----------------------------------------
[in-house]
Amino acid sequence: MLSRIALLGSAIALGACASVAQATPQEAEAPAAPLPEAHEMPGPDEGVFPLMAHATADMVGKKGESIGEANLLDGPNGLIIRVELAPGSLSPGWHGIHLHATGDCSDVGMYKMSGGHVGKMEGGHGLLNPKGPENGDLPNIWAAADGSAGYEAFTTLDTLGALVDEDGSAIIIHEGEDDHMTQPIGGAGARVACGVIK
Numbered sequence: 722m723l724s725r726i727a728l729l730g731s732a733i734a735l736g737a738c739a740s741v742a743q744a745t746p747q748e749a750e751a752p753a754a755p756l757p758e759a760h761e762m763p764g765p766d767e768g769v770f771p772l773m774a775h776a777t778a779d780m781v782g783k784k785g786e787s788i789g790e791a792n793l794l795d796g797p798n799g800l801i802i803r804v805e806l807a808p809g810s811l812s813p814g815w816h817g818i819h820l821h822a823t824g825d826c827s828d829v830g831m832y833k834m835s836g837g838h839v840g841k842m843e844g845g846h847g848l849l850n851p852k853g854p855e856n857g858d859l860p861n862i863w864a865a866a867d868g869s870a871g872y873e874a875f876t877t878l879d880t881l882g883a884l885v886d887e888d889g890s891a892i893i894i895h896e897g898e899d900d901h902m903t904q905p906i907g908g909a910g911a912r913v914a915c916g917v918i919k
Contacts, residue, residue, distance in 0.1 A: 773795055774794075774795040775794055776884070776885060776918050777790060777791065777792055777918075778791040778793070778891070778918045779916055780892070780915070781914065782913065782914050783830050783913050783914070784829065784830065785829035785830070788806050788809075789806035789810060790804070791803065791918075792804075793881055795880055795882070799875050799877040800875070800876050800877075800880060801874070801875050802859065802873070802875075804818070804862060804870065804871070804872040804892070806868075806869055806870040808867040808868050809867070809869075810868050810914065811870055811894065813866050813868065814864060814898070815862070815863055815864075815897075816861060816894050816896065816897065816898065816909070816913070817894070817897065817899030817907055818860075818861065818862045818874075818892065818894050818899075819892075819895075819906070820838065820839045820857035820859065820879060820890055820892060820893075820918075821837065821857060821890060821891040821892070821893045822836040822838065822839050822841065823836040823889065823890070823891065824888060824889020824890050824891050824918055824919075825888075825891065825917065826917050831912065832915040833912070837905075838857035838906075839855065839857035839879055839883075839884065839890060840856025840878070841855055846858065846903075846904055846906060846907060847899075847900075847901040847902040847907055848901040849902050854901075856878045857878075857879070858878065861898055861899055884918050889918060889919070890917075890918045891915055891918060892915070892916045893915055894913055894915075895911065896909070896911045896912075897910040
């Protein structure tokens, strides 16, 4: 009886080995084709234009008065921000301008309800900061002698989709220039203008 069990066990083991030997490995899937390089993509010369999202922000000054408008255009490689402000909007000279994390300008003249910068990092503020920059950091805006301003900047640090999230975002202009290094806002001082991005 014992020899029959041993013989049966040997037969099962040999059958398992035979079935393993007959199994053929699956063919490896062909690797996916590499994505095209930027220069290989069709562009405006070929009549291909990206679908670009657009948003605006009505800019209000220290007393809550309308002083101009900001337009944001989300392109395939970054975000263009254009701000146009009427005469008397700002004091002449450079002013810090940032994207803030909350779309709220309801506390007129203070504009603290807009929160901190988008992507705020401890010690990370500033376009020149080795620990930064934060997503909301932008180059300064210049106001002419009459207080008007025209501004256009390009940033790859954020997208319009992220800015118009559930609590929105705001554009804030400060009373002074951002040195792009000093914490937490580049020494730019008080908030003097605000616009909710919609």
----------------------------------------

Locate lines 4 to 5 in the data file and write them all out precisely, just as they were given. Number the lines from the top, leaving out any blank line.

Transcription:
Contacts, residue, residue, distance in 0.1 A: 773795055774794075774795040775794055776884070776885060776918050777790060777791065777792055777918075778791040778793070778891070778918045779916055780892070780915070781914065782913065782914050783830050783913050783914070784829065784830065785829035785830070788806050788809075789806035789810060790804070791803065791918075792804075793881055795880055795882070799875050799877040800875070800876050800877075800880060801874070801875050802859065802873070802875075804818070804862060804870065804871070804872040804892070806868075806869055806870040808867040808868050809867070809869075810868050810914065811870055811894065813866050813868065814864060814898070815862070815863055815864075815897075816861060816894050816896065816897065816898065816909070816913070817894070817897065817899030817907055818860075818861065818862045818874075818892065818894050818899075819892075819895075819906070820838065820839045820857035820859065820879060820890055820892060820893075820918075821837065821857060821890060821891040821892070821893045822836040822838065822839050822841065823836040823889065823890070823891065824888060824889020824890050824891050824918055824919075825888075825891065825917065826917050831912065832915040833912070837905075838857035838906075839855065839857035839879055839883075839884065839890060840856025840878070841855055846858065846903075846904055846906060846907060847899075847900075847901040847902040847907055848901040849902050854901075856878045857878075857879070858878065861898055861899055884918050889918060889919070890917075890918045891915055891918060892915070892916045893915055894913055894915075895911065896909070896911045896912075897910040
């Protein structure tokens, strides 16, 4: 009886080995084709234009008065921000301008309800900061002698989709220039203008 069990066990083991030997490995899937390089993509010369999202922000000054408008255009490689402000909007000279994390300008003249910068990092503020920059950091805006301003900047640090999230975002202009290094806002001082991005 014992020899029959041993013989049966040997037969099962040999059958398992035979079935393993007959199994053929699956063919490896062909690797996916590499994505095209930027220069290989069709562009405006070929009549291909990206679908670009657009948003605006009505800019209000220290007393809550309308002083101009900001337009944001989300392109395939970054975000263009254009701000146009009427005469008397700002004091002449450079002013810090940032994207803030909350779309709220309801506390007129203070504009603290807009929160901190988008992507705020401890010690990370500033376009020149080795620990930064934060997503909301932008180059300064210049106001002419009459207080008007025209501004256009390009940033790859954020997208319009992220800015118009559930609590929105705001554009804030400060009373002074951002040195792009000093914490937490580049020494730019008080908030003097605000616009909710919609």